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Displaying posts with tag: Peter Zaitsev (reset)

Introducing ‘MySQL 101,’ a 2-day intensive educational track at Percona Live this April 15-16
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Talking with Percona Live attendees last year I heard a couple of common themes. First, people told me that there is a lot of great advanced content at Percona Live but there is not much for people just starting to learn the ropes with MySQL. Second, they would like us to find a way to make such basic content less expensive.

I’m pleased to say we’re able to accommodate both of these wishes this year at Percona Live! We have created a two-day intensive track called “MySQL 101” that runs April 15-16. MySQL …

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Looking deeper into InnoDB’s problem with many row versions
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A few days ago I wrote about MySQL performance implications of InnoDB isolation modes and I touched briefly upon the bizarre performance regression I found with InnoDB handling a large amount of versions for a single row. Today I wanted to look a bit deeper into the problem, which I also filed as a bug.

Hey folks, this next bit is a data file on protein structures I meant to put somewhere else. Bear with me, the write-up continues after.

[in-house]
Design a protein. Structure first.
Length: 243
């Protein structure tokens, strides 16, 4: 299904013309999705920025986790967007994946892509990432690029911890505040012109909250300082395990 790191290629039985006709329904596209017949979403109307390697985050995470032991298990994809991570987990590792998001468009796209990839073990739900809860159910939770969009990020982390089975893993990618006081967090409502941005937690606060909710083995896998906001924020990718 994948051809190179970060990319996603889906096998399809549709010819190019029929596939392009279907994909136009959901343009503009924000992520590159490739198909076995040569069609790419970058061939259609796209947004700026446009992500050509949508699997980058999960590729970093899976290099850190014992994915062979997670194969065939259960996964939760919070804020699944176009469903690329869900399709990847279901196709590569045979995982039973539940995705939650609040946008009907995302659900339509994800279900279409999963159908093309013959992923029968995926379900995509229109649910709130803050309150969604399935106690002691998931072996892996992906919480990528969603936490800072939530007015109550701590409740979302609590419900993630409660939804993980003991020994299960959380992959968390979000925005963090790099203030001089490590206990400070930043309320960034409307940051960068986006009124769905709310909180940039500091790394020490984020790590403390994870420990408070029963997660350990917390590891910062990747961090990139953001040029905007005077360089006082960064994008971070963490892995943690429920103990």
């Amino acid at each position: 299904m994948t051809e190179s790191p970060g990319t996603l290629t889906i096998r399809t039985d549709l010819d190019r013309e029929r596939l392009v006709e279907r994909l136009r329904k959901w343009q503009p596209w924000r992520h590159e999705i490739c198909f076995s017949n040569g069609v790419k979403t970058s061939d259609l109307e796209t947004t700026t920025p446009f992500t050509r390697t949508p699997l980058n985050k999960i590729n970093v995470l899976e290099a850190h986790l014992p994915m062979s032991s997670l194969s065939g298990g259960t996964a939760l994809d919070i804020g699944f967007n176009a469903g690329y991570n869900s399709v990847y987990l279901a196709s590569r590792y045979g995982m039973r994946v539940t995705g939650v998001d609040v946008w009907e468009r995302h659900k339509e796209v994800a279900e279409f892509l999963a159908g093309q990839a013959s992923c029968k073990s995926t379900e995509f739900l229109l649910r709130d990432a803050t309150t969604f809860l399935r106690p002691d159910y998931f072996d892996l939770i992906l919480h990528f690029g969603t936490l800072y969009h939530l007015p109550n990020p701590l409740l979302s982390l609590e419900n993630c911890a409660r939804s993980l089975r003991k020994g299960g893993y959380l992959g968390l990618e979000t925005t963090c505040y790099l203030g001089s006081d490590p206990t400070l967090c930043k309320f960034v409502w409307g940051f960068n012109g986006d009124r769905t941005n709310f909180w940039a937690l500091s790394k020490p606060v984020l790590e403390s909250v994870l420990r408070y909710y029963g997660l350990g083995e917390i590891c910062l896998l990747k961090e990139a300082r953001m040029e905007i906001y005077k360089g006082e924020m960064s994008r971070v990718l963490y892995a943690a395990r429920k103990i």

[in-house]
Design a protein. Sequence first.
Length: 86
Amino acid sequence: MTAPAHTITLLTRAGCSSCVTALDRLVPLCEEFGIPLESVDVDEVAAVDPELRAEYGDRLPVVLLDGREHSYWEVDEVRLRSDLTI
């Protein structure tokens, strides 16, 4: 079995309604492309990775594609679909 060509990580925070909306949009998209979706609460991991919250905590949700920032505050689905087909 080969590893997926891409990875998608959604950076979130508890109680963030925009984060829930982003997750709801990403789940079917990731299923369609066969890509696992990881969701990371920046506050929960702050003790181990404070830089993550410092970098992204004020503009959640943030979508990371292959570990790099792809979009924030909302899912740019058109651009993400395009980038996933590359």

First I validated in which conditions the problem happens. It seems to happen only in REPEATABLE-READ isolation mode and only …

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MySQL performance implications of InnoDB isolation modes
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Over the past few months I’ve written a couple of posts about dangerous debt of InnoDB Transactional History and about the fact MVCC can be the cause of severe MySQL performance issues. In this post I will cover a related topic – InnoDB Transaction Isolation Modes, their relationship with MVCC (multi-version concurrency control) and how they impact MySQL performance.

The …

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The MySQL Query Cache: How it works, plus workload impacts (good and bad)
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Query caching is one of the prominent features in MySQL and a vital part of query optimization. It is important to know how it works as it has the potential to cause significant performance improvements – or a slowdown – of your workload.